At the 2022 Oscar Awards, the Best Motion Picture movie was a disability centered film known as Child of Deaf Adults (CODA) by Apple TV. The film tells the story of a girl raised by deaf parents but does not have hearing challenges. The daughter to these deaf parents struggles to pursue a career in music while at the same time helping her parents in their fishing business. After back and forth with her school and her parents, she finally gets a scholarship courtesy of the school and the workers in their fishing business take it upon themselves to learn sign language to communicate with the owners of the business better.
As the world marked Autism Awareness Day on 2nd April and the start of the Autism Awareness Month of April, perhaps it is a time for us to listen to the autistics and trying to solve autism challenges from an outsider perspective rather than letting autistics run the show on matters of autism solutions. Autism researcher Damian Milton suggested the theory of double empathy where the problem experienced by the person with autism is seen as a mutual problem between the autistic and the non-autistic rather than the problem of the autistic person himself. This means that while we say autistics struggle with communication, with double empathy, the understanding is that it is the non-autistic person who does not understand what the autistic person is trying to say rather than the autistic person being the problem. In the working world, it can be said that it is the organizations that do not see the value of the PWD in the organization or the strength that is hidden behind a certain disability. With this understanding, autistics have been advocating for a neurodiversity paradigm.
Neurodiversity paradigm argues that the abnormalities that are associated with the brain of an autistic person are not a problem but a uniqueness and a different way of thinking. In neuro diversity, there are no right or wrong brains: all brains are equally valid and equally valuable, just like biodiversity helps to create a healthy and sustainable physical environment. In neurodiversity, autism as a disability occurs as a consequence of the environment. For example, society teaches us that when communicating, you must look at someone and establish eye contact. It does not take into account that for an autistic person, their senses such as their sense of sight are intensified so establishing eye contact is overwhelming and tiring. If people understood that looking away is a coping mechanism for autistics, the view that they are disabled would not hold. If we had deemed lights in public places and reduced noise, autistics would be more outgoing rather than being confused for introverts and being seen as anti-social
In recent years, the view of disability as a social problem has gained root in most societies and hence the diversification and inclusivity programmes that have come up. The idea that PWDs are not the problem but the society is, has caused more awareness for inclusion and diversity in the workplace. In 2015, Microsoft started the Autism Hiring Programme that seeks to recruit and tap into the skills and talents of people with Autism albeit in the non-traditional way, using a method that gauges the strength that comes as a result of the disability rather than taking them through interview questions that may highlight their unsuitability by virtue of their condition. Autistic people are very organized due to their liking of routines and hate it when routines are disrupted. They can be good examples of how to go about time management in an organization, a problem most people without disabilities struggle with. Because of their step by step thought process, they are able to understand and explain complex processes easily unlike some non-autistic people. It is no wonder that in the Autism Hiring Programme and Microsoft, most autistics are employed as software engineers and data scientists because of their math skills which in turn make Microsoft products more inclusive since they can be used by PWDs since they were made by PWDs with PWDs in mind. Its no wonder that Microsoft is a trillion-dollar company.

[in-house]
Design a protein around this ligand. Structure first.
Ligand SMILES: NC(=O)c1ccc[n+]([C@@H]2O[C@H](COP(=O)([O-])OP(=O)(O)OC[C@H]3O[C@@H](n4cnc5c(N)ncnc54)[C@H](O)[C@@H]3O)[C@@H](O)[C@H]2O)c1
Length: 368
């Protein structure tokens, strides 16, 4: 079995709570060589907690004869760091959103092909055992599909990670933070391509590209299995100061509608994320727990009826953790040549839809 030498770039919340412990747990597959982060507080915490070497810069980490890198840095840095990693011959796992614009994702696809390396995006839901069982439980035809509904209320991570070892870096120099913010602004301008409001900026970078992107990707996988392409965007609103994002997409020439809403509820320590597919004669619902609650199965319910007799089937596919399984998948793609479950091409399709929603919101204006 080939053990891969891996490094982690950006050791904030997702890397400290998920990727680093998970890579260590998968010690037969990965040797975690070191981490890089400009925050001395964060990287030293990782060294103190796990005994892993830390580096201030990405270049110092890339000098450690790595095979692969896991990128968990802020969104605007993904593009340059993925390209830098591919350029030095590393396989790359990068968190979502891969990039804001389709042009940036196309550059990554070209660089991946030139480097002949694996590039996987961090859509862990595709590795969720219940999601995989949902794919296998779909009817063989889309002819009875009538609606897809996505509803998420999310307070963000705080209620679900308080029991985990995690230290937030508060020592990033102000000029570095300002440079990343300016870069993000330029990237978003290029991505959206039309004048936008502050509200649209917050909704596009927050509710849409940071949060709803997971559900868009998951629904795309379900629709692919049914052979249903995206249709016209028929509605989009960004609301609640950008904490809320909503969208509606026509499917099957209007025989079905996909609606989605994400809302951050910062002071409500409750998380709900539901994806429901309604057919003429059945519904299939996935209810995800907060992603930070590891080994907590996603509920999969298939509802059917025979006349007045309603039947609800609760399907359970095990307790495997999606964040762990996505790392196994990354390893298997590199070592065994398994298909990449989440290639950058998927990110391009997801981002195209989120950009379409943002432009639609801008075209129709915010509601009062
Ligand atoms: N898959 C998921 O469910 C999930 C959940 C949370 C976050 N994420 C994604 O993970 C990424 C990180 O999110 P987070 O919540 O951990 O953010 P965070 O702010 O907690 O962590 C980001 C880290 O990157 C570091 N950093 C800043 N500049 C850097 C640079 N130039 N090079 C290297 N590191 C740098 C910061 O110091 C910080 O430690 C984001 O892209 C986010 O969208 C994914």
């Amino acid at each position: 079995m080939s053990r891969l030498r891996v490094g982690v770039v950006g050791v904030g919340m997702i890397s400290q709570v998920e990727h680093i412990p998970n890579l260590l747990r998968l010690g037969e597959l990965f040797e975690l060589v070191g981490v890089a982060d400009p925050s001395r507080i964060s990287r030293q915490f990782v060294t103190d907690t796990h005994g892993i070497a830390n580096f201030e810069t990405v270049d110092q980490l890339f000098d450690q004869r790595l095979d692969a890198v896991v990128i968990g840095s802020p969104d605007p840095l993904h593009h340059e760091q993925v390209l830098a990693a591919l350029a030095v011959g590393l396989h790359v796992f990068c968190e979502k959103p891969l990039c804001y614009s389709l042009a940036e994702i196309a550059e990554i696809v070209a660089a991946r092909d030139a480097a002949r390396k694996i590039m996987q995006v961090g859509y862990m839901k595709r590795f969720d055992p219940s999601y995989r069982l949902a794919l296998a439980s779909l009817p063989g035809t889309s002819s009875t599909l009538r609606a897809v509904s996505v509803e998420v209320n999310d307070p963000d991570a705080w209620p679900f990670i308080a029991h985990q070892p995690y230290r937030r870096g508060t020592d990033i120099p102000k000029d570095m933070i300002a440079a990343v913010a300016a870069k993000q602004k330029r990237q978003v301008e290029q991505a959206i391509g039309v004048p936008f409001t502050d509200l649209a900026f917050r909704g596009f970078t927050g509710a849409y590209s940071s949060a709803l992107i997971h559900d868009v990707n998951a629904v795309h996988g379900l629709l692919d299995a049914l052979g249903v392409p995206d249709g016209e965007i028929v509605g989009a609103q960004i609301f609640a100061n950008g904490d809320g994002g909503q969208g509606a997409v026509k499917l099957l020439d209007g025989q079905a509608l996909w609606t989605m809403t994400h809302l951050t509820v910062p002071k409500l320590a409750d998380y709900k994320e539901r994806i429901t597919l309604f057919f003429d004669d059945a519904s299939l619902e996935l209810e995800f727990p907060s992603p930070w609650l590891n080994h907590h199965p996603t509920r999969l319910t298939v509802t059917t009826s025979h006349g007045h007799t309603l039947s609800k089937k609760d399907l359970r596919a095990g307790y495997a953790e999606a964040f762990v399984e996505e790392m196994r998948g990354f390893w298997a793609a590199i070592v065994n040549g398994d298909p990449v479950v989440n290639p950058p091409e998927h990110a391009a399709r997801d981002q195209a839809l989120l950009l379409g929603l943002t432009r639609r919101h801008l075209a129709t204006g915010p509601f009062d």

More than just making their premises disability friendly, companies should look at the strength that one poses as a result of a disability instead of looking at disability as just an inhibitor to productivity in the workplace. A friend of mine has always wanted to work on radio but employers look at his disability rather than his intellectual and vocal prowess. His dream has always been to impact people with positive advice for people to be more optimistic in life, that’s why he dreams of radio since it reaches many people at once. This means that he could make a good counselor at an organization with some training in psychology thus helping companies train its employees on how to deal with work life balance issues. In any case, cases of mass resignations in companies are because of companies neglecting the work life balance and not giving it the deserving attention. People want flexibility in a job. A job that fits into their lifestyle rather than feeling like an obligation. Perhaps my friend’s skill would come in handy at the moment. Let employers look for the strength behind a disability and not looking at the disability only.
Diamonds are found beneath rocks. Look beyond the rocks of disability to find the diamond that is the strength and potential of persons with disabilities.
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